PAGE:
The posh premiere on Friday night of Sanjay Leela Bhansali's opera Padmavati at the pricey Theatre Du Chatelet was attended by the who's- who of Paris.
"Some of Paris most well-known figures from arts, culture, and politics were present to see Sanjay's version of Padmavati. Among them was the legendary French designer Jean-Paul Gaultier who slipped in minutes before the performance with his lady friend and sat enthralled throughout the performance," says an eyewitness at the premiere.
Apparently, Sanjay couldn't recognize the mythic designer. It was his sister, Bela who discreetly pointed out the presence of Gaultier and whispered his name into her brother's ear. At the party held after the premiere show, it was Sanjay's unaffected and utterly gregarious mother who bonded big- time with Gaultier and specially his lady friend who seemed extremely taken up with Mrs. Leela Bhansali's disarming simplicity. Says a guest at the venue, "Sanjay's mom just took to Gaultier and his leading lady, she even invited them to India on her son's behalf. Sanjay was too nervous and preoccupied to converse too long with Gaultier or anyone else at the event. His focus was on getting everything right. And when it went well he simply sat back and relaxed for the first time in two months."
Sanjay wore a Rajesh Pratap Singh creation. "But it didn't matter what he wore. His concentration was on getting the first show right. Now that he has gone swimmingly, the opera producers are making big plans for Padmavati's progression in Paris and abroad." For the opening night, the Saawariya duo Ranbir and Sonam Kapoor were also expected to join Sanjay and his family in Paris but had to bow out at the last minute due to packed schedules. "But it didn't really matter because I knew I had the good wishes of the entire country with me," said the overwhelmed director. "We had a private staging of the play a day before the play opened to the public. The press and elite audiences were extremely positive. Now that Padmavati has opened to such an overwhelming ovation, all I can say is, I feel I was to the opera-born. V. Shantaram's colorful flamboyant style of filmmaking was always my forte. On stage, I got a chance to pay homage to Shantaram without bothering about camera angles. Padmavati is me, unexpunged."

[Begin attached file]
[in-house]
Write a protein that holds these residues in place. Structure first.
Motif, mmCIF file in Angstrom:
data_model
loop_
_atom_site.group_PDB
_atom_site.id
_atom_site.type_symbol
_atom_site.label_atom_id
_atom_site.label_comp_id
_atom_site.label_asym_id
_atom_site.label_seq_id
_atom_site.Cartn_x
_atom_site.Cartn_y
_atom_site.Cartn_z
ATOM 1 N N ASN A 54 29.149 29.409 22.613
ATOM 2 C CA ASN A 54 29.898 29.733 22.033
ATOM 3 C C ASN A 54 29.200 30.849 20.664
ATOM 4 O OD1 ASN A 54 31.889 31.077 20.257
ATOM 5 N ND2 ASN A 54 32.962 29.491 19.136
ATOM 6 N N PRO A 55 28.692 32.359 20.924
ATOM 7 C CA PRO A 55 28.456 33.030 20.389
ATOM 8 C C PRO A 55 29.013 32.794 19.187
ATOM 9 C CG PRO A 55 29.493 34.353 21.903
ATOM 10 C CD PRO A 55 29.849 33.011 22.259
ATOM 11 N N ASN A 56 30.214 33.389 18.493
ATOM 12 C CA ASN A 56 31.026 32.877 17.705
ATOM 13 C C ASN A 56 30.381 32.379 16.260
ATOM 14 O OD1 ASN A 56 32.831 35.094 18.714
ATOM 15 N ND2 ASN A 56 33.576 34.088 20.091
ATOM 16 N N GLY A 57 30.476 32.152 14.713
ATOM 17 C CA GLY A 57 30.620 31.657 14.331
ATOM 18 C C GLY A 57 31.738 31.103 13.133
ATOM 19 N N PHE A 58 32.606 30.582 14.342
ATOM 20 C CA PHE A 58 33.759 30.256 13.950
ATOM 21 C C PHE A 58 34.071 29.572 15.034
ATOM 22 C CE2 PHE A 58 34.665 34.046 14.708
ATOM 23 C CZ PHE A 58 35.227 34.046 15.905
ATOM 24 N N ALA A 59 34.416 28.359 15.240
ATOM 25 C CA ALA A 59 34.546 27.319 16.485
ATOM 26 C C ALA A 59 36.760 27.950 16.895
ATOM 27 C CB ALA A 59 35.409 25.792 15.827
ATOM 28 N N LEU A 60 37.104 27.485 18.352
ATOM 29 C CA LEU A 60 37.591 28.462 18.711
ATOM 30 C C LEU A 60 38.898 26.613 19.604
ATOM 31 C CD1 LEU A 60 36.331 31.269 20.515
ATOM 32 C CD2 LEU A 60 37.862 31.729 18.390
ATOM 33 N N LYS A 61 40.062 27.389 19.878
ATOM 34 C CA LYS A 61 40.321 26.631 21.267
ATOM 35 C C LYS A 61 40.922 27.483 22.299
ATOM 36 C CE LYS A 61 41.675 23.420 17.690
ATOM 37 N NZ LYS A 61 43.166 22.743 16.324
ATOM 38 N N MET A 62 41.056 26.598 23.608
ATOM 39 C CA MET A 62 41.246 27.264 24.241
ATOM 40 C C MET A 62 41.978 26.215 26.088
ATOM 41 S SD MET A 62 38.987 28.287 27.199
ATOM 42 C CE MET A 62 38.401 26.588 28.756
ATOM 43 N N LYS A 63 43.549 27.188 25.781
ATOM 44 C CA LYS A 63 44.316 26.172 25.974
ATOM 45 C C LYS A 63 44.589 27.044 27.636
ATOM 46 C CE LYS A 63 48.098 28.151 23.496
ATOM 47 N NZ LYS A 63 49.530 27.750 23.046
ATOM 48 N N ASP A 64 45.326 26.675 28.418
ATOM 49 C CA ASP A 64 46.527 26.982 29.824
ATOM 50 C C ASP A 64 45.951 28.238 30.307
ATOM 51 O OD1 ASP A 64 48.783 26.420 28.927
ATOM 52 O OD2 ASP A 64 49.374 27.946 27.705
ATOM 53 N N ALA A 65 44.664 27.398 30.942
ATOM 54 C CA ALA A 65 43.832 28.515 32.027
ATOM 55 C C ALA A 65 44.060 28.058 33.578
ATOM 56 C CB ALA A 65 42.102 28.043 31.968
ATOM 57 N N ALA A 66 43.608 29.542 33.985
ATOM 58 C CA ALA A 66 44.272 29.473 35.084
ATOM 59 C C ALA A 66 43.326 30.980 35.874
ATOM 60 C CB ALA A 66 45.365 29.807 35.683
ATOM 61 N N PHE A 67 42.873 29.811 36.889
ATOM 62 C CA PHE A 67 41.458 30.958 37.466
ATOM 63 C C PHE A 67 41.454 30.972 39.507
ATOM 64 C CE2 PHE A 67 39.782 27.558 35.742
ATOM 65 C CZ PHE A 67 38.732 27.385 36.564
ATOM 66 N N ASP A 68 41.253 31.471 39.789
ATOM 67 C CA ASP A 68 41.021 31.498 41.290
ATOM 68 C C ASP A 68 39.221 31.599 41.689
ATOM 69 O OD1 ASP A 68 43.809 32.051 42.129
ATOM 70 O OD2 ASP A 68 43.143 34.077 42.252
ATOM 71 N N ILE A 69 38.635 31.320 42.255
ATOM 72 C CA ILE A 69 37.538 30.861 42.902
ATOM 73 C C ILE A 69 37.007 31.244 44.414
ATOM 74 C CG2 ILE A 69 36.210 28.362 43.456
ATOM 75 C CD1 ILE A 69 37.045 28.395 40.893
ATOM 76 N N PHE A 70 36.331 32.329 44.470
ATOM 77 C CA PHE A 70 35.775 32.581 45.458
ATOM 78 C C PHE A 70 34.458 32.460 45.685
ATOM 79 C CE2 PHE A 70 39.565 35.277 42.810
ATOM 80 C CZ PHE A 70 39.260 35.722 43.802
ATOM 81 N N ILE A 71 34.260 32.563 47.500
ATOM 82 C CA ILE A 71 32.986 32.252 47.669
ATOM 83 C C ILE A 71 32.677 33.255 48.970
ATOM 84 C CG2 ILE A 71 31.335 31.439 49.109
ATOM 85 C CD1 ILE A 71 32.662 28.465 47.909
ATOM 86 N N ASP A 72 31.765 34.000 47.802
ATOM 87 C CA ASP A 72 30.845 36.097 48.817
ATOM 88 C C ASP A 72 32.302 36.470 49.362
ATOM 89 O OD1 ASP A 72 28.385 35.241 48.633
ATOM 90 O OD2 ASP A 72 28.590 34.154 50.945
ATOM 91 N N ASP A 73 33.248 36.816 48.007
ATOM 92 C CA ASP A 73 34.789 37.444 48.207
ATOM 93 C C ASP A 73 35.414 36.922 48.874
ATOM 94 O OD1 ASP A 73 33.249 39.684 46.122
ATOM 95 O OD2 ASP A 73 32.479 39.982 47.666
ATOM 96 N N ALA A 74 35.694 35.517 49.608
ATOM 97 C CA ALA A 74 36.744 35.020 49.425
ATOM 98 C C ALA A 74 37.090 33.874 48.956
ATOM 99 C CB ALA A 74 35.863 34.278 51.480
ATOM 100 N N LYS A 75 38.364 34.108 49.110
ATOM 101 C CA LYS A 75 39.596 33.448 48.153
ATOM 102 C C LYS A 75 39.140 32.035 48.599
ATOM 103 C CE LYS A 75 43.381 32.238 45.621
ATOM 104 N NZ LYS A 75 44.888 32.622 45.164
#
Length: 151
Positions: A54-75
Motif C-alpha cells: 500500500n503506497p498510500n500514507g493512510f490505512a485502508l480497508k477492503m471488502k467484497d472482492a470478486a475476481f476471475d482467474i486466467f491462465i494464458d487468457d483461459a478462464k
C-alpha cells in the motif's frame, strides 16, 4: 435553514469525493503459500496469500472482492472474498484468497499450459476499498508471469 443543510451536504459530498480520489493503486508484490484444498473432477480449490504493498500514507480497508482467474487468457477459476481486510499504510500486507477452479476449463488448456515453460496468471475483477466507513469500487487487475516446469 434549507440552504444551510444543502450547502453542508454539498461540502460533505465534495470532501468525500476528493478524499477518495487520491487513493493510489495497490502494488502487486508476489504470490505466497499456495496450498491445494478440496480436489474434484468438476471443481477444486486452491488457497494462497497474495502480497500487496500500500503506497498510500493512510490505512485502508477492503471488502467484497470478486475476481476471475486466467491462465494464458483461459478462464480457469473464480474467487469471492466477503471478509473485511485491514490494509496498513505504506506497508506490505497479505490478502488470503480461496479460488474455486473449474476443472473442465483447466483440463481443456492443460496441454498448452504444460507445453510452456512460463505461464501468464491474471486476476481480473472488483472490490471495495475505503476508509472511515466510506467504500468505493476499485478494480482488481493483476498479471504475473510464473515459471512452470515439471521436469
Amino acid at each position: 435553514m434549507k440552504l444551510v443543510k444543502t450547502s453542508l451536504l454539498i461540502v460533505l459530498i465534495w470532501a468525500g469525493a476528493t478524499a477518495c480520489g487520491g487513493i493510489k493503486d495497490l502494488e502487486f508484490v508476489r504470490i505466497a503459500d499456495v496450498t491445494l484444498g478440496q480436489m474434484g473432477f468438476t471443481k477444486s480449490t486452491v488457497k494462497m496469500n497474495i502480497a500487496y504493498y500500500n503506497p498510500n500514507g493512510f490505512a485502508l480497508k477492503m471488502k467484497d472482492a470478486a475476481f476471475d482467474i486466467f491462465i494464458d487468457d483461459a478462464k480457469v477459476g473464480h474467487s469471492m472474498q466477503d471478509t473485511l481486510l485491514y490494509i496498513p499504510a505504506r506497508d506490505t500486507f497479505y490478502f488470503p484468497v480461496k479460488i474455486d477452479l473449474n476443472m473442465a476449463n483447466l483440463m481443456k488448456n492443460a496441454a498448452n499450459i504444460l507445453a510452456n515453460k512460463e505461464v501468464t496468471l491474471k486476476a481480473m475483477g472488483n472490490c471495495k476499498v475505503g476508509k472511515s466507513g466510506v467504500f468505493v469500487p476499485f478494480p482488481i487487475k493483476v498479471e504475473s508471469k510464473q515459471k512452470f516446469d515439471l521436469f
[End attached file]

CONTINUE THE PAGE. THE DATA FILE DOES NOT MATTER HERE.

The forthcoming shows of the play are already booked well in advance. Sanjay is looking at a work that's fated to becoming the first worldwide operatic triumph by an Indian creator. "I'm so into it right now, so consumed by the crew's commitment and infected by the audiences' response that I can't think of anything else. All I want to say to people back home in India is if I've made the country proud then I've succeeded as an individual and an artiste."